Oysters are thriving on volunteer-built baskets dotted up and down Brisbane’s coast.
The baskets, which were developed by not-for-profit OzFish, have been shown by scientists to house 3 million new oysters, and 4.5 million other animals.
“By returning oysters, it’s not just about the individual animals. It’s like returning coral reefs – you’re returning an entire ecosystem,” says Marina Richardson, a PhD candidate at Griffith University, who led the research.
“These oysters are actually habitat forming: they build these three-dimensional reef structures. And with those reef structures, you get the entire food web that goes along with it – so everything from little worms and amphipods, to your middle predators, and then all the way up to your top predators, which will come in and feed on them.
“They’re also filter feeders. So it’s returning those water filtration ecosystem services that we’re missing.”
Richardson says that the once-great oyster ecosystem in Moreton Bay had collapsed in the 19th century, thanks to lime-burning and unsustainable harvesting by Europeans.
But the baskets look like they can help restore the environment.
Read more: Next Big Thing: Oysters natural?
“They have been deploying these into different locations – an intertidal location to test that out, and then at their restoration site at the Port of Brisbane, which is subtidal,” says Richardson.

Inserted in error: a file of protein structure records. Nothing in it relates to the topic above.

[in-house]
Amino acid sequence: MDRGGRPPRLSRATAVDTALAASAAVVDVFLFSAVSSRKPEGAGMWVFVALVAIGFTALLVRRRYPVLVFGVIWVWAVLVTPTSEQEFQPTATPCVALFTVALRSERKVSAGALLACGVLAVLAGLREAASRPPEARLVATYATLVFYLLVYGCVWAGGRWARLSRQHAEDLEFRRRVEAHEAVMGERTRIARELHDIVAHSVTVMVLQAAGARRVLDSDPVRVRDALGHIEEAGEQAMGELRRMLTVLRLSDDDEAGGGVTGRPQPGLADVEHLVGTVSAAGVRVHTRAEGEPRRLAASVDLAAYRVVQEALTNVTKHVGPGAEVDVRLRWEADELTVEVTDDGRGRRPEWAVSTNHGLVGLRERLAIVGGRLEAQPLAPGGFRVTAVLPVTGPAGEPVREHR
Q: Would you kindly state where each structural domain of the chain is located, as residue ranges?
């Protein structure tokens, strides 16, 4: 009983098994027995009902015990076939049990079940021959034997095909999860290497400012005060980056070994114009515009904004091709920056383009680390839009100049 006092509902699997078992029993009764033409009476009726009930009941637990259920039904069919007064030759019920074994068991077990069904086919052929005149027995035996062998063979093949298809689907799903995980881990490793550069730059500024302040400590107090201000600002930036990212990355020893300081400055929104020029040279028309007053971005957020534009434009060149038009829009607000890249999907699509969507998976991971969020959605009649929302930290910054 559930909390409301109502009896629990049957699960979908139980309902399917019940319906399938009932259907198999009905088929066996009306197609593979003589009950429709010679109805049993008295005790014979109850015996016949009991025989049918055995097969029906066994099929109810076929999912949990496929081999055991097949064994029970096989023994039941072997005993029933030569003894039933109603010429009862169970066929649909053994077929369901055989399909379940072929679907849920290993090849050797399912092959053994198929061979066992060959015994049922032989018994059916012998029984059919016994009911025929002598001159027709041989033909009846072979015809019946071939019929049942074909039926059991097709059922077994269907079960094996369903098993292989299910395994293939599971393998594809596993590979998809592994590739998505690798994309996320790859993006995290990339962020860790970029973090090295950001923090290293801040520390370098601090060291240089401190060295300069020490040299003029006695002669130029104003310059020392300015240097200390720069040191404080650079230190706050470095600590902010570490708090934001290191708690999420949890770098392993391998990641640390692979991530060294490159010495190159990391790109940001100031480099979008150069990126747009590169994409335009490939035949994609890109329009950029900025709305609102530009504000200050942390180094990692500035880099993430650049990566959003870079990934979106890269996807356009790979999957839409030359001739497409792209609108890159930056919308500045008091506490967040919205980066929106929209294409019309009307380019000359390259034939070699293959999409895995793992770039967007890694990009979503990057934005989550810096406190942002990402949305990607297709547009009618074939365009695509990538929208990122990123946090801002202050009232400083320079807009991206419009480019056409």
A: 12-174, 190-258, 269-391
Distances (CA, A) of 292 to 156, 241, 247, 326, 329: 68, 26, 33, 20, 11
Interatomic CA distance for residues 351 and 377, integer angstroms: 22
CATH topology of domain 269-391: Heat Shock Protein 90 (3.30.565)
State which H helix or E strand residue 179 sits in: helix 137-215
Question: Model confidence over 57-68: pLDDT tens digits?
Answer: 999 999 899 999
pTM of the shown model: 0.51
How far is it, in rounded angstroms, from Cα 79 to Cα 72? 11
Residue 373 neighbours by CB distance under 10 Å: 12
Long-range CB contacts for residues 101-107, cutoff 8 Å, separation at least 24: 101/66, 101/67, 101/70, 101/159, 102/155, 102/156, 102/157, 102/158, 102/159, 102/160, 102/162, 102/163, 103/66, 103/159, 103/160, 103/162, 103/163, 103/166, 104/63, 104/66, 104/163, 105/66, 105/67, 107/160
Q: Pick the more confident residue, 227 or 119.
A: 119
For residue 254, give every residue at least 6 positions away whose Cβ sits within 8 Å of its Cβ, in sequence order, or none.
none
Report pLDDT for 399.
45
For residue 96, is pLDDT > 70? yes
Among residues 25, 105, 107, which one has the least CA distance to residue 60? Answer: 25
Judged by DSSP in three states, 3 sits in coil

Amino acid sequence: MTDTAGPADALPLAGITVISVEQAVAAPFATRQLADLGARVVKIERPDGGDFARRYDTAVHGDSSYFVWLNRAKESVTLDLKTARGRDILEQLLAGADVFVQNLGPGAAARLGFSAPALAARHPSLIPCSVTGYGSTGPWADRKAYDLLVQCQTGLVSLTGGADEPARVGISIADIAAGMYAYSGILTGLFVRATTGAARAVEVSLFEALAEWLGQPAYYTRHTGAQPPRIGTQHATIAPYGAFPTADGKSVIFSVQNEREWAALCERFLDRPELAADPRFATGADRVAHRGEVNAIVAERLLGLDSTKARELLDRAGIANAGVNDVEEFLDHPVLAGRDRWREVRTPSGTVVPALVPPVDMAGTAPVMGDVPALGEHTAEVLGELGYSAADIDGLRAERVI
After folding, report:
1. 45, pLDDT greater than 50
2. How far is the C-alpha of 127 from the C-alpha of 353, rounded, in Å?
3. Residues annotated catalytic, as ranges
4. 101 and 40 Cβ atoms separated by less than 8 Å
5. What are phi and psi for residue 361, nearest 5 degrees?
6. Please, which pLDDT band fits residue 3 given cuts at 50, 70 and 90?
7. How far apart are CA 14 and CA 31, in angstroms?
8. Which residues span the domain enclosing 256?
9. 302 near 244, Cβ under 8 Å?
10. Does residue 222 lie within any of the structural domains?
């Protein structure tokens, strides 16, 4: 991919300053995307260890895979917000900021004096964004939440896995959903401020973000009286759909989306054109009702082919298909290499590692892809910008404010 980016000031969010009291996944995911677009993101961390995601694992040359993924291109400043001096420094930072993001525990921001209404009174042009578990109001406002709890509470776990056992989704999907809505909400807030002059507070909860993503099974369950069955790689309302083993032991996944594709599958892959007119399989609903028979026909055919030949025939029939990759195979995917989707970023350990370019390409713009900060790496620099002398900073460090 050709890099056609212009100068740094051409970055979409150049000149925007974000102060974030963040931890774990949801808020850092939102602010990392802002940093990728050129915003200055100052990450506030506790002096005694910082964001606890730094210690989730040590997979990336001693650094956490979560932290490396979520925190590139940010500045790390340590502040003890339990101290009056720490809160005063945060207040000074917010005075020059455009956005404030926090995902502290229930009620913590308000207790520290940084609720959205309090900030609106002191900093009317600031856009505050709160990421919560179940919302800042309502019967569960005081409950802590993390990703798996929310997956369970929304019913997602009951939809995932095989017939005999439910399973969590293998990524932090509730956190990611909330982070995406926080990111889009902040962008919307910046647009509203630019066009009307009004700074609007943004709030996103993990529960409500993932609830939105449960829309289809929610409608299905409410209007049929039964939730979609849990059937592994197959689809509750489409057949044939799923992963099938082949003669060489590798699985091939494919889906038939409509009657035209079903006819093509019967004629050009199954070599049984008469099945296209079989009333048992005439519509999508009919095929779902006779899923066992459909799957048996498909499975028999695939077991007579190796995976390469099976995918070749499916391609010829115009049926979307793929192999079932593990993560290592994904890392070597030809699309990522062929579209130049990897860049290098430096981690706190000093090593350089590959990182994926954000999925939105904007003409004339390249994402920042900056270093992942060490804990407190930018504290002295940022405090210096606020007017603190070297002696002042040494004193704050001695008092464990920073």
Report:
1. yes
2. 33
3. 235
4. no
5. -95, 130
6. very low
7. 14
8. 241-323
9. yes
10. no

The baskets were developed by Robbie Porter, a senior project officer at Ozfish, after years of trialling different methods. They’re called robust oyster baskets, or ROBs.
The ROBs look like triangular steel cages, about the size of an oven. OzFish has deployed 4,000 of them around the Brisbane coast.
“We thought for years that the baskets seemed to be working, but we wanted a scientific assessment and invited the Griffith University team to verify just how many shellfish and other animals were there,” says Porter.
Richardson said the oysters were counted with the help of third-year undergraduate Griffith students in an estuarine ecology course.
“We collected them from both the intertidal and subtidal locations, and then they [the students] worked in collaboration with Ozfish, and also under researchers at Griffith, to quantify the abundance and diversity of invertebrates that had moved into the robust oyster baskets, and they also counted the shellfish as well.
“We could compare which areas had sort of the greatest number of spats – that’s baby oysters – and adult oyster recruitment, as well as the overall community.”
Based on the samples they collected, the researchers calculate that the baskets have housed 3 million new oysters in the area, and 4.5 million other species.
Richardson says it should be straightforward to scale up the ROB deployment.
“Because ROBs don’t rely on hatchery-produced spat, their use can be widespread.”
The team is now planning to work with local authorities to see if they can deploy and assess ROBs at a larger scale.
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